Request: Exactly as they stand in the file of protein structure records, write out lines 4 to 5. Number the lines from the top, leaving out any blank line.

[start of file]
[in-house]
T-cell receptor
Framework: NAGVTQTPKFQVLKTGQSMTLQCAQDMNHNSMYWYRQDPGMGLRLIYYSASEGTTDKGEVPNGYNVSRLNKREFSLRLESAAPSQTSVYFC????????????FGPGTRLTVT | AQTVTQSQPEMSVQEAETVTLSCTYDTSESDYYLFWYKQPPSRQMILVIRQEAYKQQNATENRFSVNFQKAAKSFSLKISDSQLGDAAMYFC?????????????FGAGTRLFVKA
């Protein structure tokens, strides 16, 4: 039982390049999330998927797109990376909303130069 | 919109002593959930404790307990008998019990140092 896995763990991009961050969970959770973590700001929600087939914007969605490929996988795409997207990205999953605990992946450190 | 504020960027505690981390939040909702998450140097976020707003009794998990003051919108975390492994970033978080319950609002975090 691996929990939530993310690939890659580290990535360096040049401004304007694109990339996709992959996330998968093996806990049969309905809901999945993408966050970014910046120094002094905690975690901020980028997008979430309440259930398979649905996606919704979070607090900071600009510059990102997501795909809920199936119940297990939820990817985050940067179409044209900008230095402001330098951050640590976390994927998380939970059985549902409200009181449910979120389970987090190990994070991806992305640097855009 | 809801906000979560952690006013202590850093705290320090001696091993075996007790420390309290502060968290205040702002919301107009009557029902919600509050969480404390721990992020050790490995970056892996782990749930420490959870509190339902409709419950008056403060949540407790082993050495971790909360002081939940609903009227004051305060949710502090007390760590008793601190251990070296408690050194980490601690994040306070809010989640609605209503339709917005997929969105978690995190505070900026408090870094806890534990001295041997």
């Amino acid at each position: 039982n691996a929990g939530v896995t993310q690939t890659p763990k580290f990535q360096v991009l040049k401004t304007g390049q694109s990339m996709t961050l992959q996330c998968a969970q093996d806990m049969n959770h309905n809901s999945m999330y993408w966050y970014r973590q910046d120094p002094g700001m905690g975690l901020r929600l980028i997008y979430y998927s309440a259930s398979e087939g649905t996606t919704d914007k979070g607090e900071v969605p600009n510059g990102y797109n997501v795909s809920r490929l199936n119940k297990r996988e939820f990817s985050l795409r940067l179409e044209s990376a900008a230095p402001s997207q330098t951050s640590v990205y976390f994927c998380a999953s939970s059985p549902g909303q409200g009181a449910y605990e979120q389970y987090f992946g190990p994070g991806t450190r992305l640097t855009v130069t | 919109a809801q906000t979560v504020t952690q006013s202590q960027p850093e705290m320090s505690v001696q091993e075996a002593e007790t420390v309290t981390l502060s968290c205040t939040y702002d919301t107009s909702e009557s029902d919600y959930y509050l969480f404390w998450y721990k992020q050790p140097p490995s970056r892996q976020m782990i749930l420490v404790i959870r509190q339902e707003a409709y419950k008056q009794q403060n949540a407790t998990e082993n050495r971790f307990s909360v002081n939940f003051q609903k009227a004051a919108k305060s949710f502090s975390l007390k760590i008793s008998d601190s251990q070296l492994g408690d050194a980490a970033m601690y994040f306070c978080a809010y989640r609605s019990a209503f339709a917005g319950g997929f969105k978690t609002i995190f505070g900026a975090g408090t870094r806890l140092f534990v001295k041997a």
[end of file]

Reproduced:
């Protein structure tokens, strides 16, 4: 039982390049999330998927797109990376909303130069 | 919109002593959930404790307990008998019990140092 896995763990991009961050969970959770973590700001929600087939914007969605490929996988795409997207990205999953605990992946450190 | 504020960027505690981390939040909702998450140097976020707003009794998990003051919108975390492994970033978080319950609002975090 691996929990939530993310690939890659580290990535360096040049401004304007694109990339996709992959996330998968093996806990049969309905809901999945993408966050970014910046120094002094905690975690901020980028997008979430309440259930398979649905996606919704979070607090900071600009510059990102997501795909809920199936119940297990939820990817985050940067179409044209900008230095402001330098951050640590976390994927998380939970059985549902409200009181449910979120389970987090190990994070991806992305640097855009 | 809801906000979560952690006013202590850093705290320090001696091993075996007790420390309290502060968290205040702002919301107009009557029902919600509050969480404390721990992020050790490995970056892996782990749930420490959870509190339902409709419950008056403060949540407790082993050495971790909360002081939940609903009227004051305060949710502090007390760590008793601190251990070296408690050194980490601690994040306070809010989640609605209503339709917005997929969105978690995190505070900026408090870094806890534990001295041997």
């Amino acid at each position: 039982n691996a929990g939530v896995t993310q690939t890659p763990k580290f990535q360096v991009l040049k401004t304007g390049q694109s990339m996709t961050l992959q996330c998968a969970q093996d806990m049969n959770h309905n809901s999945m999330y993408w966050y970014r973590q910046d120094p002094g700001m905690g975690l901020r929600l980028i997008y979430y998927s309440a259930s398979e087939g649905t996606t919704d914007k979070g607090e900071v969605p600009n510059g990102y797109n997501v795909s809920r490929l199936n119940k297990r996988e939820f990817s985050l795409r940067l179409e044209s990376a900008a230095p402001s997207q330098t951050s640590v990205y976390f994927c998380a999953s939970s059985p549902g909303q409200g009181a449910y605990e979120q389970y987090f992946g190990p994070g991806t450190r992305l640097t855009v130069t | 919109a809801q906000t979560v504020t952690q006013s202590q960027p850093e705290m320090s505690v001696q091993e075996a002593e007790t420390v309290t981390l502060s968290c205040t939040y702002d919301t107009s909702e009557s029902d919600y959930y509050l969480f404390w998450y721990k992020q050790p140097p490995s970056r892996q976020m782990i749930l420490v404790i959870r509190q339902e707003a409709y419950k008056q009794q403060n949540a407790t998990e082993n050495r971790f307990s909360v002081n939940f003051q609903k009227a004051a919108k305060s949710f502090s975390l007390k760590i008793s008998d601190s251990q070296l492994g408690d050194a980490a970033m601690y994040f306070c978080a809010y989640r609605s019990a209503f339709a917005g319950g997929f969105k978690t609002i995190f505070g900026a975090g408090t870094r806890l140092f534990v001295k041997a």